"It is generally believed that the railroad system was importeel into this country from England, full grown, but such is not the case. This will be exemplified in no better instance than the fact that in September, 1832, steel springs were first placed upon the locomotive ' York ' and tender, as an experiment only, and they demonstrated their utility and necessity in regulating the motion and greatly diminishing the jar and consequent injury to the road. This also suggested the propriety of making a further experiment, by placing some of the burden-cars on springs, by which it was found that thev admitted of one-third more loading, without any increase of demize to the road or car."

Two years earlier than this, however, other and important improvements had been made. One of the great desideratums in the beginning of railroad enterprise in this country, and to which no example could be applied, was a plan to reduce the large amount of friction.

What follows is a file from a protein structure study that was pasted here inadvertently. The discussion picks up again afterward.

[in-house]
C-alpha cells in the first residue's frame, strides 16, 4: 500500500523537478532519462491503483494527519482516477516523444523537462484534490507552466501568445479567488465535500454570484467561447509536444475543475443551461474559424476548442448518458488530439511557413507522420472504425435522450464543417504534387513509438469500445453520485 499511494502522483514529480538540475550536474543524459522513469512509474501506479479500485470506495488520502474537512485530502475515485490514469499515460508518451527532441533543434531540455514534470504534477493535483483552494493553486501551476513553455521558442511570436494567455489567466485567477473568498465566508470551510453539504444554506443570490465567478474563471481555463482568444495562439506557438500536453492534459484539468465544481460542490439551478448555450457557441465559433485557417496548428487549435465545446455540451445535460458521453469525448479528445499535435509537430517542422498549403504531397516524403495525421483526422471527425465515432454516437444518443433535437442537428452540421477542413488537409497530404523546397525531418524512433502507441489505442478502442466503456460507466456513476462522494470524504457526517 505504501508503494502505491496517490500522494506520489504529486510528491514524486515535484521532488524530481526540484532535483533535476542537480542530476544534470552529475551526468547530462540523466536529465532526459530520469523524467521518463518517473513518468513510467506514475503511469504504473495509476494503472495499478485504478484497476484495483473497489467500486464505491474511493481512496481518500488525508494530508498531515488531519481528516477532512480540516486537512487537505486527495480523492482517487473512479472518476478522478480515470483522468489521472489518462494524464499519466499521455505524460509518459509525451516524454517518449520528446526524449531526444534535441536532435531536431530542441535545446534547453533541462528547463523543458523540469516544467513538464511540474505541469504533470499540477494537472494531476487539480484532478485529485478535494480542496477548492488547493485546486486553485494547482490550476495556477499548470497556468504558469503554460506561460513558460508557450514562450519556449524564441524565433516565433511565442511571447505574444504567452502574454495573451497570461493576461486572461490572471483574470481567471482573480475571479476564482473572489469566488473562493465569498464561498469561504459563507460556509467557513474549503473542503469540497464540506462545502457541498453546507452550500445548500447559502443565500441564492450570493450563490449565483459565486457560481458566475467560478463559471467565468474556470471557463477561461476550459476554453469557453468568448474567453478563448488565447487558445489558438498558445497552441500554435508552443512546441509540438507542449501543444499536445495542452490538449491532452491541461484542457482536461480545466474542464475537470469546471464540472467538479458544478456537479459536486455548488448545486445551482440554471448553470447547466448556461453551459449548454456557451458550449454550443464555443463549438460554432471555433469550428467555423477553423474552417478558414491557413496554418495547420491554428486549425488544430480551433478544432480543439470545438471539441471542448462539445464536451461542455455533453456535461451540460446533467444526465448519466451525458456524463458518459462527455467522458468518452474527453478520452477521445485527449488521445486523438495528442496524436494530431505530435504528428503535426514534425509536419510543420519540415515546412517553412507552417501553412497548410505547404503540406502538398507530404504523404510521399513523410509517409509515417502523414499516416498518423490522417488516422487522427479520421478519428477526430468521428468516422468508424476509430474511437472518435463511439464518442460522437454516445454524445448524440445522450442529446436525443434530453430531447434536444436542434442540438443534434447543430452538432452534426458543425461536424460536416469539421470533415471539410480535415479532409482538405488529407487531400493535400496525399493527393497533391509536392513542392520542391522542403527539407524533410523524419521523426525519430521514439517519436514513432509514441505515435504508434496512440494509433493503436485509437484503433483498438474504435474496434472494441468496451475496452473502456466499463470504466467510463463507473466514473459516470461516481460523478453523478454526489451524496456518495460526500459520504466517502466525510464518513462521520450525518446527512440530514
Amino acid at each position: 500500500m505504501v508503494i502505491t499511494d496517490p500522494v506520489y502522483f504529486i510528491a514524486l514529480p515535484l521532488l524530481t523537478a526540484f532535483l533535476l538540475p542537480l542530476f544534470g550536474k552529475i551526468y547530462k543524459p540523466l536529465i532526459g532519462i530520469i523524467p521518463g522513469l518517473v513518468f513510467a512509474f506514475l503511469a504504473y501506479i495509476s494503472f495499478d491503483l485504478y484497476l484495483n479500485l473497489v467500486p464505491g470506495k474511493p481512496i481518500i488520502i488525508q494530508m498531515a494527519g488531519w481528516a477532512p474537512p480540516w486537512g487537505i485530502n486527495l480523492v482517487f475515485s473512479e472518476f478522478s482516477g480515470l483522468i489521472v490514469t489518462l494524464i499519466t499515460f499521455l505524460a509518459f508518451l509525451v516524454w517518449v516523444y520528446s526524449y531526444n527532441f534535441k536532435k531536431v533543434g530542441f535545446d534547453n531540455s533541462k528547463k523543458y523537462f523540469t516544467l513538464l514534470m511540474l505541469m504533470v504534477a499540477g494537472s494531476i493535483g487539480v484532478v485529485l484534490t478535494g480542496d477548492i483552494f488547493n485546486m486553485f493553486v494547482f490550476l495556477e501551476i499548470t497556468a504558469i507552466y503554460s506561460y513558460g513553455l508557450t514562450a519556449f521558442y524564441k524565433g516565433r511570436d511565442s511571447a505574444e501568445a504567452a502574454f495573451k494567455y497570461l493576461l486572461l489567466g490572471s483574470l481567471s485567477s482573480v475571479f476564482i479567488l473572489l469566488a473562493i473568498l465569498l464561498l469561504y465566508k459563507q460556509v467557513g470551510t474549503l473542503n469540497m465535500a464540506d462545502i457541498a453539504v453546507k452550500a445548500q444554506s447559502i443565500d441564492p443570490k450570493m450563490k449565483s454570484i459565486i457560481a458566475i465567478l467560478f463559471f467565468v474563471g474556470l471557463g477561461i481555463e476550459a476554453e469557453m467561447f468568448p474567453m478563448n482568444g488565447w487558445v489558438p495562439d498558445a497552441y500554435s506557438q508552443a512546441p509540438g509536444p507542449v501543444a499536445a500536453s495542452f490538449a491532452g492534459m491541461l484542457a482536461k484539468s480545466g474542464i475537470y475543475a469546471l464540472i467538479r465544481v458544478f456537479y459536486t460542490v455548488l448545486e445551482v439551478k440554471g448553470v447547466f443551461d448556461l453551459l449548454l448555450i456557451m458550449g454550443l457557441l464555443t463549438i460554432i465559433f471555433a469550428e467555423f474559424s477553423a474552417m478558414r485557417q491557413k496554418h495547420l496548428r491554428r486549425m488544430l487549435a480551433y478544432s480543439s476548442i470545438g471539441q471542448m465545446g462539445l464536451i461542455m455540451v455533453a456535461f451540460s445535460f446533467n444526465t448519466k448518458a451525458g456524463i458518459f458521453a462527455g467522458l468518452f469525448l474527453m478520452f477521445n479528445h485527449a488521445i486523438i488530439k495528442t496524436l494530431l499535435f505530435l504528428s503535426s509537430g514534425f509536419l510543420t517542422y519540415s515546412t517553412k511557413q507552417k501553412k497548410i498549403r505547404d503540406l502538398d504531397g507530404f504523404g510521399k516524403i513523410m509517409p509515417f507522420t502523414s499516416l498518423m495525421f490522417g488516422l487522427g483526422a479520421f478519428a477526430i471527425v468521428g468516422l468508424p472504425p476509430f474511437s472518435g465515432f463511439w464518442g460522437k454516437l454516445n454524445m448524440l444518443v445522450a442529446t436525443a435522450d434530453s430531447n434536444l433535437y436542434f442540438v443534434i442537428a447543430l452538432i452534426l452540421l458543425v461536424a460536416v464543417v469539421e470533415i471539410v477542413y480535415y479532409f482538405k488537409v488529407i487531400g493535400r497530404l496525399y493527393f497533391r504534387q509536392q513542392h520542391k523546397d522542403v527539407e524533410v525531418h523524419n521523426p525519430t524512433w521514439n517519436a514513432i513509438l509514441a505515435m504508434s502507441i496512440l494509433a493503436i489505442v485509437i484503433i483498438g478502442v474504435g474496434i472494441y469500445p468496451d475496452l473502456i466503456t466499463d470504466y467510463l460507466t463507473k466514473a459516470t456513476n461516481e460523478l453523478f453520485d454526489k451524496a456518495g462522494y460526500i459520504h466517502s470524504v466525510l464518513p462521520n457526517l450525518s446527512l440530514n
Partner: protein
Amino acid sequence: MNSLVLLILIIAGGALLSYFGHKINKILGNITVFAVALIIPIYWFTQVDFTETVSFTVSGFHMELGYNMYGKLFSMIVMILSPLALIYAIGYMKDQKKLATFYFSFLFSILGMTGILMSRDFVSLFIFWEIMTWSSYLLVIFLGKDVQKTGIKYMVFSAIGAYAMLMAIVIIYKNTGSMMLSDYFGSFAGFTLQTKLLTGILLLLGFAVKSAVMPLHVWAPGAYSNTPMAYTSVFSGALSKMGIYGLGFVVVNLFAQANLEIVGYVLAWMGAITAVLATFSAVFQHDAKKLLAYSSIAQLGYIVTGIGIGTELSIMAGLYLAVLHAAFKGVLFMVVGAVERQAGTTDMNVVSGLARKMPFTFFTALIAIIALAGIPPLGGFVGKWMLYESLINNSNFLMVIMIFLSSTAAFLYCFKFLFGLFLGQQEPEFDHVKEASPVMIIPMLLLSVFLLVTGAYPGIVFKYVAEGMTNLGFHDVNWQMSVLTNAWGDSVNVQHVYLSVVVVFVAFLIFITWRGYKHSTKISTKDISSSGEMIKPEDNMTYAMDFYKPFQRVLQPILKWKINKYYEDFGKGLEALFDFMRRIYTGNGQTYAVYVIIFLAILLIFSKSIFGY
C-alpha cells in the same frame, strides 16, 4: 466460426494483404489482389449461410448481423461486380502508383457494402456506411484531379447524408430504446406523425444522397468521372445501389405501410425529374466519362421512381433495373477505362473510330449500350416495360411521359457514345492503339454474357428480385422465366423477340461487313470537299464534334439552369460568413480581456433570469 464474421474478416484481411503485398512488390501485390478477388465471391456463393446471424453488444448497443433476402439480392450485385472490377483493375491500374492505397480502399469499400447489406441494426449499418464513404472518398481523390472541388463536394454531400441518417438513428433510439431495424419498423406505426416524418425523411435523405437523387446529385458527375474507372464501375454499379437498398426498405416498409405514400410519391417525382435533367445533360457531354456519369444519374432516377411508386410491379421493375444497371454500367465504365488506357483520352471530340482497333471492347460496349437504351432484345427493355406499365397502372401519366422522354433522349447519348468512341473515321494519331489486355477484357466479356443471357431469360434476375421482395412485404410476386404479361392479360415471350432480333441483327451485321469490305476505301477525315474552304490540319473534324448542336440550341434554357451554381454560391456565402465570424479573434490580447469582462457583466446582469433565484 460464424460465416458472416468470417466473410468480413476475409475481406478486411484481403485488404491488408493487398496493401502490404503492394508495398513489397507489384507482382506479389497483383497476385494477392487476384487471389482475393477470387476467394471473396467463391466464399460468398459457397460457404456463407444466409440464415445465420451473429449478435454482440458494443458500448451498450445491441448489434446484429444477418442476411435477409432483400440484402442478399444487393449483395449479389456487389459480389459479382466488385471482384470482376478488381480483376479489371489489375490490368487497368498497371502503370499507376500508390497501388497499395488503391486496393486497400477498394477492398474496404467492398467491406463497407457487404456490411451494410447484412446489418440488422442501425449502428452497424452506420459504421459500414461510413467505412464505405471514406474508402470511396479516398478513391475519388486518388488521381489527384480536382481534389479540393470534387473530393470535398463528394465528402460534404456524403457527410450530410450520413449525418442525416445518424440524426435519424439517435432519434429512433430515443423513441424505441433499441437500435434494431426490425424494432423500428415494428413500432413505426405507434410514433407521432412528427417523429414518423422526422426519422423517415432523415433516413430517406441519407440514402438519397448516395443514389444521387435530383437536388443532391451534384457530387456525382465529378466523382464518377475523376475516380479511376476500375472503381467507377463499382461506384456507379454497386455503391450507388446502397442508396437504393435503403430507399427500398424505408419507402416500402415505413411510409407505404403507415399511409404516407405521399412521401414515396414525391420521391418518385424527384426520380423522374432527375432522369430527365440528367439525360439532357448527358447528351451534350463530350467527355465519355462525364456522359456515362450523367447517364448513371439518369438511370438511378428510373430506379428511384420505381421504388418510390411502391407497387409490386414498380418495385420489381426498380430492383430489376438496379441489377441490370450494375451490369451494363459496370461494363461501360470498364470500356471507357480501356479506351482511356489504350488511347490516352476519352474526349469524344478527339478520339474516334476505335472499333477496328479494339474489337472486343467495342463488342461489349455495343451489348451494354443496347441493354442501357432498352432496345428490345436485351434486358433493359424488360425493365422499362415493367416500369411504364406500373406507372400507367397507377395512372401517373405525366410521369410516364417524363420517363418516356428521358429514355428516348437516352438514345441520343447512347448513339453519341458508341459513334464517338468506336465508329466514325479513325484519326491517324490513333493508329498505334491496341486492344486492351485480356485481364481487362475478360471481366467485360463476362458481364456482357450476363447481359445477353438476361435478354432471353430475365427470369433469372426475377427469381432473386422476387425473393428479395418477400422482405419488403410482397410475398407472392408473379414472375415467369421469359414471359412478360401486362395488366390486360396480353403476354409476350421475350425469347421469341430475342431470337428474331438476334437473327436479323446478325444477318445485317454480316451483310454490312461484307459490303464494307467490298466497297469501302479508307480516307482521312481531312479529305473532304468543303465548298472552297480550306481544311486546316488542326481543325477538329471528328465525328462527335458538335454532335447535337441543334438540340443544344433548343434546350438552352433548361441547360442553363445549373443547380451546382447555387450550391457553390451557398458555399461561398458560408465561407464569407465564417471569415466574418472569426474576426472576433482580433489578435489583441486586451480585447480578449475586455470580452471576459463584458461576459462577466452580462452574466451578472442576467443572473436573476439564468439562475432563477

In the early period of the Baltimore and Ohio Railroad, when no one dreamed of steam, horses were espected to do the work, and to reduce the friction of the axles in the boxes was the object to be achieved. In this extremity, Ross Winans, Esq., now living, a venerable citizen of Baltimore, came to the rescue with his inventive genius. Dr. William Howard, an accomplished and scientific gentleman, had already patented the application of the ordinary friction-wheel to a car, where the main journal revolved on the exterior periphery; but Mr. Winans suspended his wheel by a projecting flange, on the interior periphery of which the main axle revolved. This was the ne plus ultra of the friction-wheel, and Mr. Winans became immortalized. B. H. Latrobe, Esq., describes a scene in one of the upper rooms of the Baltimore Exchange, where the venerable Charles Carroll, of Carrollton, who was the great man, on all important occasions, was seated in a little railroad car, drawn by a small weight attached to a string passing over a pulley and dropping into the hall below. Around him were all the prominent men of Baltimore; all were as much pleased as children with a new toy. In fact, there was a verdant freshness about all railroad objects in those days which it is wonderful to conceive in this period of advance and improve ement.